There are many ways to change the text of an element, but we’ll always use element.textContent.

Let’s use that to give our page a more interesting heading:

Changing the text in the page heading
const headingElem = document.querySelector('h1');

headElem.textContent = 'The Secret and Amazing Life of Honey Bees';


Find the Current Browser Window Width and Height

When using three.js we need to give our scenes a size pixels. Often, we want to match the same size as the browser window.

At any time, we can access the width and height of the browser window using window.innerWidth and window.innerHeight:

The current size of the browser window
const windowWidth = window.innerWidth;
const windowHeight = window.innerHeight;


The value returned is in pixels, and you will see these values used a lot in three.js examples around the web. Any time the browser window size changes, these values will also change and we will need to update our scene. We’ll see how to listen for resize events in a few moments.

Find an Element’s Width and Height

We can access the width and height of an HTML element using element.clientWidth and element.clientHeight.

In this book, we’ll put our three.js scenes into a #scene-container element, set the size of that using CSS (either the full window size or a specific part of the window), and then use the width and height of the element to size our scene.

We’ll mostly create full-screen examples throughout the book, so there’s not much difference between using the container width or the full window width. However, the usefulness of this approach becomes apparent when you need to create scenes that don’t take up the full page. In that case, we don’t need to change any code, we simply change a couple of lines of CSS instead.

Accessing the width and height of an element
const sceneContainerElem = document.querySelector('#scene-container');

const sceneWidth = sceneContainerElem.clientWidth;
const sceneHeight = sceneContainerElem.clientHeight;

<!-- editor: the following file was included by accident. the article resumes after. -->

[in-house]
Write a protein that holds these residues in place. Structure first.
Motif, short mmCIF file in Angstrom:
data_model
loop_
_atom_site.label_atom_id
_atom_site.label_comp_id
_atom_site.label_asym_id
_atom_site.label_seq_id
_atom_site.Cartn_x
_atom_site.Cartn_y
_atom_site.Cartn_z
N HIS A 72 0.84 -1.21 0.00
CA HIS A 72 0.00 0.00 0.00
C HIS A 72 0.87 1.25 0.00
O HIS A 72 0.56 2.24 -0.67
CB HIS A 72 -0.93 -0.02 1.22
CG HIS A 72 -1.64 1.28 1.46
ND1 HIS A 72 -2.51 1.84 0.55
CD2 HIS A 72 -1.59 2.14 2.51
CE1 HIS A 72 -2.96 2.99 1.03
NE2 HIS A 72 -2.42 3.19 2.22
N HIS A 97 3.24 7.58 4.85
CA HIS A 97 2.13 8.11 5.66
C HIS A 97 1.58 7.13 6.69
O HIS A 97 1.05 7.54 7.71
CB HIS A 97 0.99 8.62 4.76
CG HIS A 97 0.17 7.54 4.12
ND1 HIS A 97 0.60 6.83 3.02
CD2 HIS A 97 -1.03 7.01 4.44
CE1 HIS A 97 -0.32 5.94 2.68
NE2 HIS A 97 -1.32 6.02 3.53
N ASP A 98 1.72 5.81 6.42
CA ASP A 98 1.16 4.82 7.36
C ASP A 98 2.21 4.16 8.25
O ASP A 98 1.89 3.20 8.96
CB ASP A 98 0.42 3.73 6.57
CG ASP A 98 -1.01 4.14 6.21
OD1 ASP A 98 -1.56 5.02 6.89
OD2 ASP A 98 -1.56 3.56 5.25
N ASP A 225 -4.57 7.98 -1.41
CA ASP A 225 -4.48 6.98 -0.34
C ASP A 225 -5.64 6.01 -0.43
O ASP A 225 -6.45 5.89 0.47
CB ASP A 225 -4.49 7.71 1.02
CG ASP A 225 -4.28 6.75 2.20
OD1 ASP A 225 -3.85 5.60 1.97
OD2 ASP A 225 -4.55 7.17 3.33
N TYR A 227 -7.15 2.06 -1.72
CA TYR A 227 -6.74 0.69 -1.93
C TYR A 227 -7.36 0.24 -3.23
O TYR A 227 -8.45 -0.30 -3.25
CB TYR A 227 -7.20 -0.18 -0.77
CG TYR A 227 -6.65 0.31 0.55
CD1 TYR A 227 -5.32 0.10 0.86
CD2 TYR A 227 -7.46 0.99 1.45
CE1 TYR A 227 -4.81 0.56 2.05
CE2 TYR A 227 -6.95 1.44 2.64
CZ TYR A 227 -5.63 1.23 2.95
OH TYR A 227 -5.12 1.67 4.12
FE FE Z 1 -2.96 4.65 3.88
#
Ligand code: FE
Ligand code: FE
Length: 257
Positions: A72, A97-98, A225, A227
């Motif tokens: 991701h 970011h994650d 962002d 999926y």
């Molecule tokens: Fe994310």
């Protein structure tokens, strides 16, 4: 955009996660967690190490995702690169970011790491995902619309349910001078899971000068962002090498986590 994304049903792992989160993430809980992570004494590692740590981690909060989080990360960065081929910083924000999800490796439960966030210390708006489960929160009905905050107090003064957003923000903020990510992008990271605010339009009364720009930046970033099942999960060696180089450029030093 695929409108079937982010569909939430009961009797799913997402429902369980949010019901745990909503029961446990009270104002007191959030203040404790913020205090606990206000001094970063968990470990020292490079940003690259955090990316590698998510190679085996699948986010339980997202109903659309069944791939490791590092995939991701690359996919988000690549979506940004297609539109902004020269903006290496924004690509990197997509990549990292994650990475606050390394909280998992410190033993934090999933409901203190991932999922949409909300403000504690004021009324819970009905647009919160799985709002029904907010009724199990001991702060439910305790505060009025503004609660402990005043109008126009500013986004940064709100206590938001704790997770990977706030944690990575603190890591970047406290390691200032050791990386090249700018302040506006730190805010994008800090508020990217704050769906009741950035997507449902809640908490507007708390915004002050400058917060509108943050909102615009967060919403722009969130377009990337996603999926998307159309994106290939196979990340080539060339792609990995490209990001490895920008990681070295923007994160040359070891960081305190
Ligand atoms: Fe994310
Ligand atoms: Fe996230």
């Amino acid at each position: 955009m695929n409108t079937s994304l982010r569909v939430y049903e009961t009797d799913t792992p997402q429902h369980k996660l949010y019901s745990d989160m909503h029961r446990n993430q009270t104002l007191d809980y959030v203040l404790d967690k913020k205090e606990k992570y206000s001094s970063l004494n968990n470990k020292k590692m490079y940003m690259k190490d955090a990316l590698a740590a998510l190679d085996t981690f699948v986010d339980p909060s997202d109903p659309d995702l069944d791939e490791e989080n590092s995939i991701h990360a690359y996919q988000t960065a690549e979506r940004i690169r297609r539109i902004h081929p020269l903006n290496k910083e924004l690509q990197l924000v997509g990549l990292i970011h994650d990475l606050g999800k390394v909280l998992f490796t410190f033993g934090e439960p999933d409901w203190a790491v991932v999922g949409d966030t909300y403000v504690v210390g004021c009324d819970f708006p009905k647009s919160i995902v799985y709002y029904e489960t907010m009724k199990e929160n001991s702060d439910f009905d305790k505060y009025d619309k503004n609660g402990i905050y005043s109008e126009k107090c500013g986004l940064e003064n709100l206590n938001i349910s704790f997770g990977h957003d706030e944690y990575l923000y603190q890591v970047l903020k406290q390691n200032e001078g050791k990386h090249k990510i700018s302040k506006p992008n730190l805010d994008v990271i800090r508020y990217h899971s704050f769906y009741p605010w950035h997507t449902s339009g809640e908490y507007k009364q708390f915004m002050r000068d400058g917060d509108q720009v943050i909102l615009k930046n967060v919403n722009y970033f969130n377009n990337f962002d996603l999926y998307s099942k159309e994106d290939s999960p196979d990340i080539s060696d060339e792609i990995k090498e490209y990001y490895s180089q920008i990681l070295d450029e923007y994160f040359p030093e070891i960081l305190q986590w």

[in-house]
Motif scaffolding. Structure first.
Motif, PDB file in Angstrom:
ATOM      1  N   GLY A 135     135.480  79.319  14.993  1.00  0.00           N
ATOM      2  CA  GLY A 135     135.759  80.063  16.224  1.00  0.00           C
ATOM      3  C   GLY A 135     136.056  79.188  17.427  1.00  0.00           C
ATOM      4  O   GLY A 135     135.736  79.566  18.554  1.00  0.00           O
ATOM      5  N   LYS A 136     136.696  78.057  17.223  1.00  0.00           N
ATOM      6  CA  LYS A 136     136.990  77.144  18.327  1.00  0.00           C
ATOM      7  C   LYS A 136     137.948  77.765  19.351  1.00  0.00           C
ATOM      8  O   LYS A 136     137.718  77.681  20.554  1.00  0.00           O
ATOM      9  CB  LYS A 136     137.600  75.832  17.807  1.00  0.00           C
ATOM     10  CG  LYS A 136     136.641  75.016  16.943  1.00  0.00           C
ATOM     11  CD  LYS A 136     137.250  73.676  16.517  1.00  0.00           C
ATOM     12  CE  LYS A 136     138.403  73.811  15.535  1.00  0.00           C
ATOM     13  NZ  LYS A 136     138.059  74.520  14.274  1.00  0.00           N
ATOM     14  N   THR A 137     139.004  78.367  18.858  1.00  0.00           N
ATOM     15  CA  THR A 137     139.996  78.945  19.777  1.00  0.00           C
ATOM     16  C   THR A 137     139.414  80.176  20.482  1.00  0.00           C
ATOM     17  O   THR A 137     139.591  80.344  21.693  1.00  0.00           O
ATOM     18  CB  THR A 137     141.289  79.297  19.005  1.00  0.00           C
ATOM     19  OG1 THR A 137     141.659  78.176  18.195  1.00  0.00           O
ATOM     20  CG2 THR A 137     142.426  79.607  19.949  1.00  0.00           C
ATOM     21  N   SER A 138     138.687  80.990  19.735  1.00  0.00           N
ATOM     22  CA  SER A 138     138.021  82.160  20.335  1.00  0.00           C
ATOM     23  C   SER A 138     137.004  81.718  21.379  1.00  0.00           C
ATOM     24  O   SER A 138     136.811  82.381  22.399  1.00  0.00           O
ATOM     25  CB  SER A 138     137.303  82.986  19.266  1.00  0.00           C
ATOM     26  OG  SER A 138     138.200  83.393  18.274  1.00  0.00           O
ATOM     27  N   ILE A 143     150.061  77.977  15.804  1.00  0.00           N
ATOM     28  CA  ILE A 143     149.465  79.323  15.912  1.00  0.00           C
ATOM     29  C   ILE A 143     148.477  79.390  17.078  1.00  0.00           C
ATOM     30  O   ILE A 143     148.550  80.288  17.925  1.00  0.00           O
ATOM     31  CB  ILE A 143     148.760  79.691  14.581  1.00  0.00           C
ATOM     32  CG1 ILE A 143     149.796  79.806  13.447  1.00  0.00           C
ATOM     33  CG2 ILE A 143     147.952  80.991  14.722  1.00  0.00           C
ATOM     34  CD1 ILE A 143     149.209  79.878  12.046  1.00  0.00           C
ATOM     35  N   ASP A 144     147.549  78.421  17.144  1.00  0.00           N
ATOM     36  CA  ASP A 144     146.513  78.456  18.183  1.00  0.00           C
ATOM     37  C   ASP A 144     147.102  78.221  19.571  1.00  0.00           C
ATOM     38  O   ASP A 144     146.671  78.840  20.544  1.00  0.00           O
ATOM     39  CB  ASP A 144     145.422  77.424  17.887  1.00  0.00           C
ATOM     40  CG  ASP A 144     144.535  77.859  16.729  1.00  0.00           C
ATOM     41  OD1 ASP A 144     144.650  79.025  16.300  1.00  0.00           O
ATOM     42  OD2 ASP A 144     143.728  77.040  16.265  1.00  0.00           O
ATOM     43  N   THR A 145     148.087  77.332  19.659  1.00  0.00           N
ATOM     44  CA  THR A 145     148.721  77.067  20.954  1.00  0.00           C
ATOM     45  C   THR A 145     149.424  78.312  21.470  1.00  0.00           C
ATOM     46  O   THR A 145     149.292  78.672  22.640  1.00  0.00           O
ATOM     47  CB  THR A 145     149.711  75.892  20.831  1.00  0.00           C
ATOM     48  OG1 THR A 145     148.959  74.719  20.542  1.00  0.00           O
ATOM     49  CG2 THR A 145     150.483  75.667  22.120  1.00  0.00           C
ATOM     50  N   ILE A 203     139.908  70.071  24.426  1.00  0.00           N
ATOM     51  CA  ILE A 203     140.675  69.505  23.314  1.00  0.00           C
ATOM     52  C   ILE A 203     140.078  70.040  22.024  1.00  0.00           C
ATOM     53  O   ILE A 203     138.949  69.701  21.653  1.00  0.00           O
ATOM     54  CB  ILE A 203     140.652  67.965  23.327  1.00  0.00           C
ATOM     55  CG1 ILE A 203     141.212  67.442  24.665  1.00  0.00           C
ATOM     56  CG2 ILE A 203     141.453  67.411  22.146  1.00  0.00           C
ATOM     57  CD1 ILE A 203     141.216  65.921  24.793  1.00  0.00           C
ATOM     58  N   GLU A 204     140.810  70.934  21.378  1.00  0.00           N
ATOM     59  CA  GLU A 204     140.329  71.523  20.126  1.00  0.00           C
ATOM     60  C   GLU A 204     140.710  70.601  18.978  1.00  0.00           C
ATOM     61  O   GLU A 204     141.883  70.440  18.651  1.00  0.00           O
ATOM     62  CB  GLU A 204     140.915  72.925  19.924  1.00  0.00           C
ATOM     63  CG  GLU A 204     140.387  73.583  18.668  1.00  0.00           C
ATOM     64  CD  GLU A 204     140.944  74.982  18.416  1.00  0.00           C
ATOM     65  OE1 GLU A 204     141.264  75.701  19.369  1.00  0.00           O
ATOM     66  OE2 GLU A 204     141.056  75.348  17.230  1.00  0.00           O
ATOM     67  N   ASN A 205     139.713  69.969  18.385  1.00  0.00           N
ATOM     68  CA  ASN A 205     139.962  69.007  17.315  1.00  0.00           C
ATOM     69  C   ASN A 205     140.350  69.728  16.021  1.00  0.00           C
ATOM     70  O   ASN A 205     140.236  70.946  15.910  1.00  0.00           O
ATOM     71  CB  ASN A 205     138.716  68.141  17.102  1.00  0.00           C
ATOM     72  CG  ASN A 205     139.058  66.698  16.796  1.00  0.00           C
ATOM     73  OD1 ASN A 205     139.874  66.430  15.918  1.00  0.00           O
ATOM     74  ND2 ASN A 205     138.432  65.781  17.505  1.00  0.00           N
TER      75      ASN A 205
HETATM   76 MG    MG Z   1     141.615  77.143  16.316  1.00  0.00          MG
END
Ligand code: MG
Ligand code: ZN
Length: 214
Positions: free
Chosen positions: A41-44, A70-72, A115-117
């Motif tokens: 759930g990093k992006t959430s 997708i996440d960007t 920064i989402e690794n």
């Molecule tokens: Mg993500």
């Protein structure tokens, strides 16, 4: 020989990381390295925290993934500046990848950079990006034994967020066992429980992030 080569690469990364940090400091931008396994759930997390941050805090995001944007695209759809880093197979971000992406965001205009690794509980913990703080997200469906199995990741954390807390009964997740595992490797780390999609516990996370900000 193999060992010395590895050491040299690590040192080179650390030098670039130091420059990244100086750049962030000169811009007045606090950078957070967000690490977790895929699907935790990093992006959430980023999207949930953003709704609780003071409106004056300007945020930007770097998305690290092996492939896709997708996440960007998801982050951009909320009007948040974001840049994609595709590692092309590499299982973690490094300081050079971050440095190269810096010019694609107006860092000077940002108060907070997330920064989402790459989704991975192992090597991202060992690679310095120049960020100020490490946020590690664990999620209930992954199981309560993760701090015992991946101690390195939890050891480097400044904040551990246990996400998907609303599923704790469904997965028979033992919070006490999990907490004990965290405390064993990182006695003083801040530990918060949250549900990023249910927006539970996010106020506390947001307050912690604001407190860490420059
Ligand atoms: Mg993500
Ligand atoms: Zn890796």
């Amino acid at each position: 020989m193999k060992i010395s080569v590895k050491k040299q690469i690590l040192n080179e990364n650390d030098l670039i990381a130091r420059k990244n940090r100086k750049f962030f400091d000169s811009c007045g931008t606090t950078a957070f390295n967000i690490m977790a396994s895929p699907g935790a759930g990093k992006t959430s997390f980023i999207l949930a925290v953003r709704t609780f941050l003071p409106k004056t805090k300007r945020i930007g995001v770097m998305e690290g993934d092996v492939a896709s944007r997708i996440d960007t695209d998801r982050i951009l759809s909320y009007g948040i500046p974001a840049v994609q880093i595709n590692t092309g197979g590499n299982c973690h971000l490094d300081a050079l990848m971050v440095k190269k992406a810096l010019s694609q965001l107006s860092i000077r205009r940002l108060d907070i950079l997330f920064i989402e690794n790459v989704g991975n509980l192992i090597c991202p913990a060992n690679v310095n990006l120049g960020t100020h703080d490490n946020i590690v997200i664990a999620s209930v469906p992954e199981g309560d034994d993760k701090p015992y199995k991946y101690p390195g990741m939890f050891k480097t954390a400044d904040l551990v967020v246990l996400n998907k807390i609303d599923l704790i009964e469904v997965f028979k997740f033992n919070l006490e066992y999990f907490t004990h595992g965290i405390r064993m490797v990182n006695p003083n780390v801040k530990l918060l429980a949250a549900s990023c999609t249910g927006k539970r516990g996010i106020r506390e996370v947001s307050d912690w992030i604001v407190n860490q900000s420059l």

There are other ways of getting information about an element’s dimensions, such as .offsetWidth/.offsetHeight which takes into account any borders and padding that may have been set in the CSS, and .scrollWidth/.scrollHeight, which also includes parts of the element that may be off-screen.

Creating New Elements

There are many ways to create new HTML elements, but we’ll stick to document.createElement to do this:

Creating a new sub-heading element
const headingElem = document.createElement('h2');

headingElem.textContent =
'Section Two: Waggle Dancing for Children and Teenagers';


Adding Elements to Our Page

To add the newly created element to our page, we can use .append.

Let’s add our newly created <h2> as a child of the <body> element:

Append the new element to our page


Once added this way, our new headingElem will be immediately become visible, positioned after the <h1> that we created in HTML.

There’s a similar method called .appendChild, that works almost the same way as .append. There are some technical differences between these two methods, but for our purposes, they are not important. We’ll simply choose .append since it saves a few keystrokes.

Listening for Events

One of the most important functions of a web application is reacting to change. In JavaScript, changes are called Events, and there’s a huge list of events to choose from.